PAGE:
Civil Rights Organizations File Brief in Acheson Hotels, LLC v. Deborah Laufer Urging Supreme Court to Hold That Civil Rights Tester Has Standing to Sue Over Hotel’s Discrimination Against People with Disabilities
Nine civil rights organizations have filed a friend-of-the-court brief urging the Supreme Court to uphold a disabled woman’s lawsuit challenging the lack of accessibility information on a hotel’s website.
The case involves Deborah Laufer, a woman from Florida who uses a wheelchair and has a visual impairment. As a civil rights “tester,” she scours hotel websites looking for violations of the Americans with Disabilities Act, which requires that hotels disclose sufficient detail on the features of their properties so that people with disabilities can know whether they can safely access them. This includes whether a person in a wheelchair can get in the door to the hotel, or into the room itself; whether the room has an accessible bathroom with grab bars and a roll-in shower; and whether the bed be at the height that it is possible to transfer to.
Laufer sued Acheson Hotels, which operates a small hotel in Maine, after finding that the hotel’s website did not identify accessible rooms, provide an option for booking an accessible room, or include sufficient information on the hotel’s accessibility. Acheson Hotels moved to dismiss the case, arguing that Laufer lacked standing to sue because she had no intention of visiting the hotel. A federal district court agreed, but the decision was reversed by the First Circuit.
The amicus brief, filed by the Legal Defense Fund on behalf of itself, the American Civil Liberties Union, ACLU of Maine, Lawyers’ Committee for Civil Rights Under Law, Lambda Legal, and other civil rights organizations, argues that civil rights testers suffer the same dignitary harm as any other victim of discrimination, and that they have the same standing to sue when they personally experience that discrimination.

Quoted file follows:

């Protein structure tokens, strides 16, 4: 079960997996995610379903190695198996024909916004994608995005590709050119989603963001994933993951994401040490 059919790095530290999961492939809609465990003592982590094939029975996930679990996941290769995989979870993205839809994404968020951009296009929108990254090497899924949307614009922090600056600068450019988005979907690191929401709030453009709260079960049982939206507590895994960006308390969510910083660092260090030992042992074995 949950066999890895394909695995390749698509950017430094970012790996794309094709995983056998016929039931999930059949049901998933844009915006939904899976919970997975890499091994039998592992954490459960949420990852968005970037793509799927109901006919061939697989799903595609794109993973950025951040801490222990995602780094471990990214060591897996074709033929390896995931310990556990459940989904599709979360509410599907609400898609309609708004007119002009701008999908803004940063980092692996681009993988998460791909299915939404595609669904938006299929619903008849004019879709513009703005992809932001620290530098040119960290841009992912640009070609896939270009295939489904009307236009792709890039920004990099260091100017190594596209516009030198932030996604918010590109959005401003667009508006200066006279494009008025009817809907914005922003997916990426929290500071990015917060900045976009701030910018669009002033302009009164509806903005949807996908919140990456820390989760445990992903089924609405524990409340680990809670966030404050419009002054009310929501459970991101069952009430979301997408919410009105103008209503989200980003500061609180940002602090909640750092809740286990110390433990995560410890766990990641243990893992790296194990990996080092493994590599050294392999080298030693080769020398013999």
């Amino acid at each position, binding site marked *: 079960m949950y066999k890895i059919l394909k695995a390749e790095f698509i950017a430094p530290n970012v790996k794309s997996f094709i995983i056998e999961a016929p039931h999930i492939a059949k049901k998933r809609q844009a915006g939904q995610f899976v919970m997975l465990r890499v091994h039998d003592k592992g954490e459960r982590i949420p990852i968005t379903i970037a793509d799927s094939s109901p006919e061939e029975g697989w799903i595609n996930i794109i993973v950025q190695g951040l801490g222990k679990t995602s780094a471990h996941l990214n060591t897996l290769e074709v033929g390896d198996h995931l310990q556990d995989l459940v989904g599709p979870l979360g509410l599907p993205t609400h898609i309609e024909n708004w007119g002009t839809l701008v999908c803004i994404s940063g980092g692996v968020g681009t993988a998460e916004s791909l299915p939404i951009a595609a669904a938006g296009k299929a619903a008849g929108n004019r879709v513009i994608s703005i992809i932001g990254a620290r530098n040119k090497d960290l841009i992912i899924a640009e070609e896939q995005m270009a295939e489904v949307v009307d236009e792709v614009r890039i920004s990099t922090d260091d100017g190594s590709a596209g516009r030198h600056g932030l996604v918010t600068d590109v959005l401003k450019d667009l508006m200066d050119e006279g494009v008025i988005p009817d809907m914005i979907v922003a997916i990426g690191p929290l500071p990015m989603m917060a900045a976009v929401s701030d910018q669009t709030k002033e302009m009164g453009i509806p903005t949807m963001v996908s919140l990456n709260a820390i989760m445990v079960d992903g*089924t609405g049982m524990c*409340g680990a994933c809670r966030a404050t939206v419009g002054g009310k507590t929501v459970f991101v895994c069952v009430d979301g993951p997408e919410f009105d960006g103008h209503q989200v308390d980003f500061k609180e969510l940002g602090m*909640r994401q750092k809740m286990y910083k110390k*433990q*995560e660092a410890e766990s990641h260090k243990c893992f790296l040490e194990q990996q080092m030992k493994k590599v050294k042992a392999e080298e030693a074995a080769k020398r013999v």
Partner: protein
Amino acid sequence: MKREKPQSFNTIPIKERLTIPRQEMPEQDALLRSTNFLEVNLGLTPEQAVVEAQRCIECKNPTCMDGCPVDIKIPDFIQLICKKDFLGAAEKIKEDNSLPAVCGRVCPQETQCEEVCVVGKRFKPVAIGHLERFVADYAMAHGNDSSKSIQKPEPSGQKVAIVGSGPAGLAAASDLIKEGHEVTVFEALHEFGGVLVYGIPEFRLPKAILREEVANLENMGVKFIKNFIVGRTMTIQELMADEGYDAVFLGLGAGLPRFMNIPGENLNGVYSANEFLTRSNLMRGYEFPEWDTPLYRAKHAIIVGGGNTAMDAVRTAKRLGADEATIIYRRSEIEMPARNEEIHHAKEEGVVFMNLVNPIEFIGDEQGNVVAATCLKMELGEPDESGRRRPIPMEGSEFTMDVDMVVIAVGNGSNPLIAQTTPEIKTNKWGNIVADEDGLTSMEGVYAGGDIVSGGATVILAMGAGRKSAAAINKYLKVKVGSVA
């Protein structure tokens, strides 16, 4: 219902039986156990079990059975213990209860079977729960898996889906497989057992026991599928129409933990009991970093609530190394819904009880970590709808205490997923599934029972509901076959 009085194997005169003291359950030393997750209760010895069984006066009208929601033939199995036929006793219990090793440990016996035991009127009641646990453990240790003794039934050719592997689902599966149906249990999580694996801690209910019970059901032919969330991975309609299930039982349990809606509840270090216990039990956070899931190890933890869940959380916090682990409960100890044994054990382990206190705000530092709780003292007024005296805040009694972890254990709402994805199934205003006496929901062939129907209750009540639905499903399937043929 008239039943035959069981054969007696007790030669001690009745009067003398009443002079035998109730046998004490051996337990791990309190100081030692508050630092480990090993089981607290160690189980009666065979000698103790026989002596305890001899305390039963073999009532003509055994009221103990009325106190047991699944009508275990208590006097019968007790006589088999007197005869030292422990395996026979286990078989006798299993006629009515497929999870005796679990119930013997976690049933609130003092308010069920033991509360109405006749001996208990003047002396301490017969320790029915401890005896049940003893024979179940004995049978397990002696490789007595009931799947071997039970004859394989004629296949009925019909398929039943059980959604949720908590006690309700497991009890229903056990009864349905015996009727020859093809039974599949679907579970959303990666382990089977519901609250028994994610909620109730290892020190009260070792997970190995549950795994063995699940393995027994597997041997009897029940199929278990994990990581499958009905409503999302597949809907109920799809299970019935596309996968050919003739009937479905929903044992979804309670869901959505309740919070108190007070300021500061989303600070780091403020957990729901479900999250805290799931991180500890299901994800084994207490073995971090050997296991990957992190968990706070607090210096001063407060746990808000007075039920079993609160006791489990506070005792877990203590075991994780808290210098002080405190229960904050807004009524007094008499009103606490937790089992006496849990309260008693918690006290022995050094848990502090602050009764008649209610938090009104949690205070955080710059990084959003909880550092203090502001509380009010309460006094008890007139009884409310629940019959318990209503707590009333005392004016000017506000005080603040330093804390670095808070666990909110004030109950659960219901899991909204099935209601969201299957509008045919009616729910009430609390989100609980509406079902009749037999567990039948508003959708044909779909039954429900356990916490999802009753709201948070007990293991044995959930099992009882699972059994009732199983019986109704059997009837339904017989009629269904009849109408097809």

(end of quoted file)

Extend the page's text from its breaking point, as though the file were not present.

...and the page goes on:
“Even if a person reasonably expects to experience discrimination in a particular place or at the hands of a particular defendant, they do not ‘manufacture’ discrimination by going to that place or interacting with that defendant. Rather, they in fact experience harm caused by the discriminator,” the brief reads.
The following comments can be attributed as noted:
Susan Mizner, director of the ACLU’s Disability Rights Program:
“When a hotel website fails to include its accessibility features, it is essentially posting a sign saying ‘no disabled allowed.’ People with disabilities are tired of reserving ‘accessible’ hotel rooms, and then arriving at 10 p.m. to find that they can’t use the bathroom, or even get onto the bed. The ADA has been in place for more than 30 years. Absent robust federal monitoring and enforcement, civil rights testers fill a critical role in ensuring businesses nationwide are in compliance with the ADA’s accessibility requirements.”
Karen L. Loewy, Senior Counsel and Director of Constitutional Law Practice, Lambda Legal:
“The harm and stigma of experiencing discrimination are more than a matter of being denied particular services, but amount to an exclusion from full participation in public life—an experience shared by far too many LGBTQ people and people living with HIV. We are proud to stand with our civil rights colleagues in calling on the Court to robustly enforce the very laws designed to ensure that full participation.”